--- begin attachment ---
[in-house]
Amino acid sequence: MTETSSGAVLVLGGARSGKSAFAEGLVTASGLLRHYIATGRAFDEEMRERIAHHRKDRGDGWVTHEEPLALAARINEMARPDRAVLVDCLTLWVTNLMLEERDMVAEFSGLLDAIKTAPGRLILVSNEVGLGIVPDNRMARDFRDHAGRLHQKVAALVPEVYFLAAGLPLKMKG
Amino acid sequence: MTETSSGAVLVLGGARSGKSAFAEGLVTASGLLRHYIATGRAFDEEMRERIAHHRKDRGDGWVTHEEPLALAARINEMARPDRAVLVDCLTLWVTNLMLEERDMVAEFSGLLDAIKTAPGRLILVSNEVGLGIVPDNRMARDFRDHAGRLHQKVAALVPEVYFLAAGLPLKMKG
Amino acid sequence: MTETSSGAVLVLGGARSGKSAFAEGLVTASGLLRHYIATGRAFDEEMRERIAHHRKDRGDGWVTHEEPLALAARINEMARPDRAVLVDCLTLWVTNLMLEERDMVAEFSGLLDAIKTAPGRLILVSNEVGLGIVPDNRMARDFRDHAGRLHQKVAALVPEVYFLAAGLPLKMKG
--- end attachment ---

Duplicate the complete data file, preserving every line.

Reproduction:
[in-house]
Amino acid sequence: MTETSSGAVLVLGGARSGKSAFAEGLVTASGLLRHYIATGRAFDEEMRERIAHHRKDRGDGWVTHEEPLALAARINEMARPDRAVLVDCLTLWVTNLMLEERDMVAEFSGLLDAIKTAPGRLILVSNEVGLGIVPDNRMARDFRDHAGRLHQKVAALVPEVYFLAAGLPLKMKG
Amino acid sequence: MTETSSGAVLVLGGARSGKSAFAEGLVTASGLLRHYIATGRAFDEEMRERIAHHRKDRGDGWVTHEEPLALAARINEMARPDRAVLVDCLTLWVTNLMLEERDMVAEFSGLLDAIKTAPGRLILVSNEVGLGIVPDNRMARDFRDHAGRLHQKVAALVPEVYFLAAGLPLKMKG
Amino acid sequence: MTETSSGAVLVLGGARSGKSAFAEGLVTASGLLRHYIATGRAFDEEMRERIAHHRKDRGDGWVTHEEPLALAARINEMARPDRAVLVDCLTLWVTNLMLEERDMVAEFSGLLDAIKTAPGRLILVSNEVGLGIVPDNRMARDFRDHAGRLHQKVAALVPEVYFLAAGLPLKMKG